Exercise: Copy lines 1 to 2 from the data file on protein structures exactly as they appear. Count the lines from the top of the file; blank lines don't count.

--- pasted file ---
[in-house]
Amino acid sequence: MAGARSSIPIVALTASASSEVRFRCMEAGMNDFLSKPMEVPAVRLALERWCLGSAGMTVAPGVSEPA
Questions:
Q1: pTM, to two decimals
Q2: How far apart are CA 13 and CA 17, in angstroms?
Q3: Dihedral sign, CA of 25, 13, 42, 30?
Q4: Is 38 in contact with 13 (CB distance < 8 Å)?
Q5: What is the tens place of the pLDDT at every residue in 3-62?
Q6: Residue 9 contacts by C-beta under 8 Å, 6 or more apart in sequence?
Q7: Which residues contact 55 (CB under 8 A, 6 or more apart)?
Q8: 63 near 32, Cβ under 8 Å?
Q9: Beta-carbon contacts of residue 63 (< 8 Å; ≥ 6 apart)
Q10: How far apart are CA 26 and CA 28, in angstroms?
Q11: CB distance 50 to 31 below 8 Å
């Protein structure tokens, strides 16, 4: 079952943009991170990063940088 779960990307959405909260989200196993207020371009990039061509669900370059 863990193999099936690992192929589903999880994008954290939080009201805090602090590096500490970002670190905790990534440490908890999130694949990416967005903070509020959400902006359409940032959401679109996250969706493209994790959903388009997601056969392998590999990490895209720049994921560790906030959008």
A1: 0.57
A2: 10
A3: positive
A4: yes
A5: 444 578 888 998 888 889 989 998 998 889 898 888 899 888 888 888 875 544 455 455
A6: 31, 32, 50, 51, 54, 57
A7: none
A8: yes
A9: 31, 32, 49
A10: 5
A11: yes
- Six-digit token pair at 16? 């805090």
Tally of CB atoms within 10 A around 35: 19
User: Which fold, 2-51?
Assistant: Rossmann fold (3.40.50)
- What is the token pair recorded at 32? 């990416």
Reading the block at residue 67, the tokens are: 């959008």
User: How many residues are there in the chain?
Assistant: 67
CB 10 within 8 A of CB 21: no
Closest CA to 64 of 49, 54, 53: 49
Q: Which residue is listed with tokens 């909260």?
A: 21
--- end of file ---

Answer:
[in-house]
Amino acid sequence: MAGARSSIPIVALTASASSEVRFRCMEAGMNDFLSKPMEVPAVRLALERWCLGSAGMTVAPGVSEPA